Gordimer: Well, I will pass on advice from friends we trust: One must pursue those who do not talk; one must keep on pressing because what will happen? You will sit down and talk soon, hopefully, with other Palestinians or representatives. You will then sign some kind of treaty of agreement and then proceed from there to discuss the existence of two states with their frontiers justly agreed upon. After this is done, all hell will break loose because someone who was not present at the negotiations will refuse to accept this-for example Hamas-because they were not included. You see this in a number of countries. So one has to keep pressing, however distasteful, for Hamas to recognize that Israel exists.

Audience: Can you explain why you hesitated at all to come here?

Gordimer: My comrades felt that my coming here, coinciding with the 60th anniversary of Israel's celebration, was giving credence to what is occurring in the occupied territories. I share their feelings about the occupied territories. The violent treatment in the occupied territories here reminds me of what occurred in South Africa.

Audience: Have you been to the occupied territories?

Gordimer: I have been to the West Bank and Al-Quds University. It is very different from what you read. I drove around and I stood before the [separation] wall. It is almost a storey high. It cuts through the people's very existence. The wall really is a monstrosity. I have also heard people say that it is a fact that the suicide bombers have been kept out due to the wall. I have been presented with two sets of facts that I have to digest. War is truly an inhuman thing.

Audience: Concerning the situation you see in the occupied territories, can you explain your thoughts about the use of the term "apartheid"?

Gordimer: To me, it is accurate in one sense. The way people are treated in the occupied territories is exactly the way the blacks were treated in South Africa.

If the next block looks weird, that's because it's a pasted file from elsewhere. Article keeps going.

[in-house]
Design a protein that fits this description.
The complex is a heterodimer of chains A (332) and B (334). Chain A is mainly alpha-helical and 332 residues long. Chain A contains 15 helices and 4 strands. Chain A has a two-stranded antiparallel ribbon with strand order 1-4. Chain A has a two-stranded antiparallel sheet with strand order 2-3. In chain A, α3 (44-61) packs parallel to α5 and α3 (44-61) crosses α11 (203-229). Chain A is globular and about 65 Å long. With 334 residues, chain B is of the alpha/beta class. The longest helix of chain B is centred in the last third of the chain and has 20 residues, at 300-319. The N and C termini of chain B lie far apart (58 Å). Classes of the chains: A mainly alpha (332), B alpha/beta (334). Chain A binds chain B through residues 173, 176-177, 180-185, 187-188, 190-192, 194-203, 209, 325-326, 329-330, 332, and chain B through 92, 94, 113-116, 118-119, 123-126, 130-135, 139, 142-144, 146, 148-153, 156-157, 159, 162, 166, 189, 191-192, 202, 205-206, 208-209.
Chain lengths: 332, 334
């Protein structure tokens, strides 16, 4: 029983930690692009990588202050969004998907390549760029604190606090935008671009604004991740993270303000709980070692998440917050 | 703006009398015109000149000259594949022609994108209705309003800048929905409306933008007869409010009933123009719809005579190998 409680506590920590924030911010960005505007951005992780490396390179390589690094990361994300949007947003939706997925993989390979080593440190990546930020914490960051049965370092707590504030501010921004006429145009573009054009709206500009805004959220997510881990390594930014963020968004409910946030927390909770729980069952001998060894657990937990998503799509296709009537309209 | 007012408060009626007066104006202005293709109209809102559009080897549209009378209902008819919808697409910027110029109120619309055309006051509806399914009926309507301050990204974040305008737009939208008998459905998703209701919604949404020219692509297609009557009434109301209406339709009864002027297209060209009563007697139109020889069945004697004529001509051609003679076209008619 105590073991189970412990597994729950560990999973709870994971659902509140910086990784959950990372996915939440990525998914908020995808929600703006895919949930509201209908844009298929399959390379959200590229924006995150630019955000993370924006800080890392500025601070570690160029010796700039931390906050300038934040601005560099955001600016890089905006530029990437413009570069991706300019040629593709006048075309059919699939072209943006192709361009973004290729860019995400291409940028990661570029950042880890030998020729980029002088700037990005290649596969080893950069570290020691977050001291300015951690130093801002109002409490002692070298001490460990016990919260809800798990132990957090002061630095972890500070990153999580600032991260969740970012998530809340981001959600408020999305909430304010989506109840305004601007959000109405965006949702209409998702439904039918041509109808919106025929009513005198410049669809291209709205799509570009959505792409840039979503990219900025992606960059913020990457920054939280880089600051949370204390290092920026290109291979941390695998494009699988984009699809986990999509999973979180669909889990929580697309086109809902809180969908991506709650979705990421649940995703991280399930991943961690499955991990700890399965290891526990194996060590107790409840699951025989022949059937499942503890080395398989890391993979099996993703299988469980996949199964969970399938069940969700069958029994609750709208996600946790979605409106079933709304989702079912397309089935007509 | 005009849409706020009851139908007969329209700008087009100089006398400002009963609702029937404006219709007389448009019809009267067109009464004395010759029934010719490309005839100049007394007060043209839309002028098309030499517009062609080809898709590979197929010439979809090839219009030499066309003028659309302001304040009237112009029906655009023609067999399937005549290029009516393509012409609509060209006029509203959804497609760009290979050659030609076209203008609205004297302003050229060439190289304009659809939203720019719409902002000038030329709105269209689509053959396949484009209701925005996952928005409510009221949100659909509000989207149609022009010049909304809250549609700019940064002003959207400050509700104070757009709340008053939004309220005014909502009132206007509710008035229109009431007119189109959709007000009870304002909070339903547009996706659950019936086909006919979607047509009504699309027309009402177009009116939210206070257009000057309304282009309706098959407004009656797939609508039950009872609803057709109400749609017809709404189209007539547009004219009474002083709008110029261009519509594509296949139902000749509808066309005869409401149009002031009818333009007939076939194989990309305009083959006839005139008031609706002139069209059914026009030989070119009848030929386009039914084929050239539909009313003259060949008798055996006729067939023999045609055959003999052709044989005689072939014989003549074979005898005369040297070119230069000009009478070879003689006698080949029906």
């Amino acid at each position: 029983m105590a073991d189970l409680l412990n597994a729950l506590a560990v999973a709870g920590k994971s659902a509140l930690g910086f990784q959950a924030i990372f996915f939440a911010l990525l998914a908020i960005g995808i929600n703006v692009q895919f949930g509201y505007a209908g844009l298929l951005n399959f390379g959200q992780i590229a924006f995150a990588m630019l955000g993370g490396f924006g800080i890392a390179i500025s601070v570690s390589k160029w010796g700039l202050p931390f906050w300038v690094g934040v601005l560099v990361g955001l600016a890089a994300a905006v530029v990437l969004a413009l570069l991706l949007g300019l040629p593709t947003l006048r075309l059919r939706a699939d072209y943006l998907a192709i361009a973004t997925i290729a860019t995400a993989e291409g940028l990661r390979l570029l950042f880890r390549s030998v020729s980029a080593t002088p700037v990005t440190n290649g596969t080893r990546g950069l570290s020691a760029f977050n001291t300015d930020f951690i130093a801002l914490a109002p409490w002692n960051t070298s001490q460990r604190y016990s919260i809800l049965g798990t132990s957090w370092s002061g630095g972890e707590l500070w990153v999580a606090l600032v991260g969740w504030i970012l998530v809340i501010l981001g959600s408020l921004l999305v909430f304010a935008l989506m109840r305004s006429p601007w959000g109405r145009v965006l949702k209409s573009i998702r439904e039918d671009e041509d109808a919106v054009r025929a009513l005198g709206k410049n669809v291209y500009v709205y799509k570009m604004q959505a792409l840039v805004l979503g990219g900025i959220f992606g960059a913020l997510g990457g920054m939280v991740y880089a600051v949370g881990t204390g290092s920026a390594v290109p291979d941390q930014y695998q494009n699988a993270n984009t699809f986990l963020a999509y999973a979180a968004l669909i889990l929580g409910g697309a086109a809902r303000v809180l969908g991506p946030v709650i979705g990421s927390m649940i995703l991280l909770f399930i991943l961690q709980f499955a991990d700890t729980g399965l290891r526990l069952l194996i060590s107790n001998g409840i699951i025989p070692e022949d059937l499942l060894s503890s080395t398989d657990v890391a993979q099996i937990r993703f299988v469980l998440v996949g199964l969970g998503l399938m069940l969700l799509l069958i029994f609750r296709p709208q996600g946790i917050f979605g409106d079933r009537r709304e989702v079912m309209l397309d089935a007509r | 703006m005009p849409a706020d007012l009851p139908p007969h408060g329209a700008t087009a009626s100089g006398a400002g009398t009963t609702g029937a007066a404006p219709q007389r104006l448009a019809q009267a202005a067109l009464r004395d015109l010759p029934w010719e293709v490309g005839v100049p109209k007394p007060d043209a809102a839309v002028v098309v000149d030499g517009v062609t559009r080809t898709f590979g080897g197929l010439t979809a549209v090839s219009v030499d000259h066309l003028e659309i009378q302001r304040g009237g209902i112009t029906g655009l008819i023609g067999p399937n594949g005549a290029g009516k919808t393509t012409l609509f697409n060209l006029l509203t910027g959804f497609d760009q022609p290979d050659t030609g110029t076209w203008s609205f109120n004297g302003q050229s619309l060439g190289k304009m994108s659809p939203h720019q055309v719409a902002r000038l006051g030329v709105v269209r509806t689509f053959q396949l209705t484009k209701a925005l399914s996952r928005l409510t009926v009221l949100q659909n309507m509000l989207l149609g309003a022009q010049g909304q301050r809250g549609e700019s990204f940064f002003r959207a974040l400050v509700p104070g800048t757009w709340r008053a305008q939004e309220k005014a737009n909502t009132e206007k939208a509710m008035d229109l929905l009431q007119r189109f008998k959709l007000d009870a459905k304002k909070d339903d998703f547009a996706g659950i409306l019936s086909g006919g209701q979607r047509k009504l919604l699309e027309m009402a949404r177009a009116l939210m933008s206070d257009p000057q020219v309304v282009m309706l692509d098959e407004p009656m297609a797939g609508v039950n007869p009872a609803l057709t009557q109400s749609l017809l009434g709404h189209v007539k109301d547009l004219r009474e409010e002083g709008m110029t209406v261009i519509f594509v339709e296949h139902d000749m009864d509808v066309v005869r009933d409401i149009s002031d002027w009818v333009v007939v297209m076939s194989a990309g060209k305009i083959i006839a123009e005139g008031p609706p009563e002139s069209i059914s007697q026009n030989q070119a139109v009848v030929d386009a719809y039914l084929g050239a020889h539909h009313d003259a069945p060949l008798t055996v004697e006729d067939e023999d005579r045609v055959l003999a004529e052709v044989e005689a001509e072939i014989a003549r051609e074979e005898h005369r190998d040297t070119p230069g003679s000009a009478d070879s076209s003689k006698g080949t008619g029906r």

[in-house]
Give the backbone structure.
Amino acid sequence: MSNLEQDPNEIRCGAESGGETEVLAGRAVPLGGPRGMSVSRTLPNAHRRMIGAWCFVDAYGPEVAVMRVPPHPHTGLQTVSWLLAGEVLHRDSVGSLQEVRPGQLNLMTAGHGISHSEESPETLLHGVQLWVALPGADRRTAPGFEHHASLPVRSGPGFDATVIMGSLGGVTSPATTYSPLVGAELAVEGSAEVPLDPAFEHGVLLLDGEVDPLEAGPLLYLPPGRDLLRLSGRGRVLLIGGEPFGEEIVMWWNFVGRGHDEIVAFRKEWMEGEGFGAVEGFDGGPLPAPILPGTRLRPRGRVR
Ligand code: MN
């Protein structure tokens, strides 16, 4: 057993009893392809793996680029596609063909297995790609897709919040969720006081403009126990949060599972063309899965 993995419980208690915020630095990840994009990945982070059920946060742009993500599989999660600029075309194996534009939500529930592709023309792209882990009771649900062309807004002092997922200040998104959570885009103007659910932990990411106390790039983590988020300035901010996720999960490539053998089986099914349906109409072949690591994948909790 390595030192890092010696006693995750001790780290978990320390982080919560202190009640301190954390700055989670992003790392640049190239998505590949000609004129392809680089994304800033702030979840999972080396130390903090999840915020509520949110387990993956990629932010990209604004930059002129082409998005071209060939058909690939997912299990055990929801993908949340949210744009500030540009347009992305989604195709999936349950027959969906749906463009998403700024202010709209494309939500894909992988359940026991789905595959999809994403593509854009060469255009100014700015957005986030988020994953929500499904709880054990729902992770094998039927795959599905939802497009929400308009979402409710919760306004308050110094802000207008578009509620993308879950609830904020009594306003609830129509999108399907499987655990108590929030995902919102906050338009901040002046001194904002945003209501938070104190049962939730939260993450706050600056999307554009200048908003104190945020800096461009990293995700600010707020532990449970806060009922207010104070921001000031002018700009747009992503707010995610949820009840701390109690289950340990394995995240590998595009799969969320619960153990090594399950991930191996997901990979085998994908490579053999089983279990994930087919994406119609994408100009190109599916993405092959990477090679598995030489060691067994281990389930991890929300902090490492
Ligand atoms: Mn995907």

Audience: Do you believe that international pressure will bring about change in the occupied territories? What is your outsider opinion of the situation?

Gordimer: It took a very long time, even with international pressure, in South Africa to bring about change. Other forms of support meant a great deal to us. The blacks believed they had a tremendous stake in the land, while the whites did not deny their claim at all. As for the Israeli-Palestinian situation, this is much more complicated.

Pogrund: What sort of reception are you receiving from Palestinians?

Gordimer: The Palestinians that I talked to today have been very welcoming. I have had a good reception. They didn't reproach me at all.

Audience: Do you see the conflict as similar to South Africa, which is now one state? Can it be viewed as a question of the civil rights of the Palestinian Arabs in Israel and within the West Bank and the Gaza Strip?

Gordimer: The one-state solution is not on the negotiating table. A two-state solution, hammered out with great difficulty and consternation, is the only answer.

These excerpts from the dialogue were prpared for publication by Robert Terpstra. <